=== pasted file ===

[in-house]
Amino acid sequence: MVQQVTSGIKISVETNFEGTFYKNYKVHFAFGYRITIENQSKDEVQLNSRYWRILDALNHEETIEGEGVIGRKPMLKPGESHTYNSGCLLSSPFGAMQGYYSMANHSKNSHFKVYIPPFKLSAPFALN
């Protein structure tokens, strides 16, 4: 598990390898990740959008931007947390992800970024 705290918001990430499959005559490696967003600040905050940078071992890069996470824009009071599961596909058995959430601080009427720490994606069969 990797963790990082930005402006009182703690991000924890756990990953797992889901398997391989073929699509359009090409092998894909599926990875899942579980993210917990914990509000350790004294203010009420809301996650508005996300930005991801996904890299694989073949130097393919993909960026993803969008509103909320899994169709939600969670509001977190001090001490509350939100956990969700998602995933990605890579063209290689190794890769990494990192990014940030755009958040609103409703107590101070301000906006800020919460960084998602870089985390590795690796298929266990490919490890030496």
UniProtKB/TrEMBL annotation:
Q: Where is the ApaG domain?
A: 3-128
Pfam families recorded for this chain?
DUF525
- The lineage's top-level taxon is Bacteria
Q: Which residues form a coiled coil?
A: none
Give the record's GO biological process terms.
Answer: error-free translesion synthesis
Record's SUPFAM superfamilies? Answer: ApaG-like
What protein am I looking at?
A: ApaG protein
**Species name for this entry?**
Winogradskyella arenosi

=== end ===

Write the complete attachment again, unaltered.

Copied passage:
[in-house]
Amino acid sequence: MVQQVTSGIKISVETNFEGTFYKNYKVHFAFGYRITIENQSKDEVQLNSRYWRILDALNHEETIEGEGVIGRKPMLKPGESHTYNSGCLLSSPFGAMQGYYSMANHSKNSHFKVYIPPFKLSAPFALN
């Protein structure tokens, strides 16, 4: 598990390898990740959008931007947390992800970024 705290918001990430499959005559490696967003600040905050940078071992890069996470824009009071599961596909058995959430601080009427720490994606069969 990797963790990082930005402006009182703690991000924890756990990953797992889901398997391989073929699509359009090409092998894909599926990875899942579980993210917990914990509000350790004294203010009420809301996650508005996300930005991801996904890299694989073949130097393919993909960026993803969008509103909320899994169709939600969670509001977190001090001490509350939100956990969700998602995933990605890579063209290689190794890769990494990192990014940030755009958040609103409703107590101070301000906006800020919460960084998602870089985390590795690796298929266990490919490890030496």
UniProtKB/TrEMBL annotation:
Q: Where is the ApaG domain?
A: 3-128
Pfam families recorded for this chain?
DUF525
- The lineage's top-level taxon is Bacteria
Q: Which residues form a coiled coil?
A: none
Give the record's GO biological process terms.
Answer: error-free translesion synthesis
Record's SUPFAM superfamilies? Answer: ApaG-like
What protein am I looking at?
A: ApaG protein
**Species name for this entry?**
Winogradskyella arenosi